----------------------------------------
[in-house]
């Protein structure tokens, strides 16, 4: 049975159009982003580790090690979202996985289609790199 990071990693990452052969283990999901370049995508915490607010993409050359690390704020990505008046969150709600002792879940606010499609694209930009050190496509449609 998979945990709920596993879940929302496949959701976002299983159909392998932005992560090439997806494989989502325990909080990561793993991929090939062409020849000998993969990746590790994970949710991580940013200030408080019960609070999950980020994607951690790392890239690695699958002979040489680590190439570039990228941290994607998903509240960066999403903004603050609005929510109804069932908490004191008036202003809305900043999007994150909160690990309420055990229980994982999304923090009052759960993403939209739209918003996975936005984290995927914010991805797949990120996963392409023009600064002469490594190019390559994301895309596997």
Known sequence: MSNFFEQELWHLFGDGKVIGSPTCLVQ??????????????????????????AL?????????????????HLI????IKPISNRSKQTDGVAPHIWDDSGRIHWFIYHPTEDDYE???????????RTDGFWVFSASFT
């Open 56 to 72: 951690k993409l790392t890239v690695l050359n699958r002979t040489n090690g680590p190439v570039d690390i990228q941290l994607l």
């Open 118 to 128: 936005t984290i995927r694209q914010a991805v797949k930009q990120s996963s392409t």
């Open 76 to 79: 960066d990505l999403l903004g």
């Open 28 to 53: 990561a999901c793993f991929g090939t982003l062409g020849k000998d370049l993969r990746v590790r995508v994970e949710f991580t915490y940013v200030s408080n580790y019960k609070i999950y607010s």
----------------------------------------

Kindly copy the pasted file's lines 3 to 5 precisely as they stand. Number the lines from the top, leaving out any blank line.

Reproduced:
Known sequence: MSNFFEQELWHLFGDGKVIGSPTCLVQ??????????????????????????AL?????????????????HLI????IKPISNRSKQTDGVAPHIWDDSGRIHWFIYHPTEDDYE???????????RTDGFWVFSASFT
């Open 56 to 72: 951690k993409l790392t890239v690695l050359n699958r002979t040489n090690g680590p190439v570039d690390i990228q941290l994607l």
């Open 118 to 128: 936005t984290i995927r694209q914010a991805v797949k930009q990120s996963s392409t």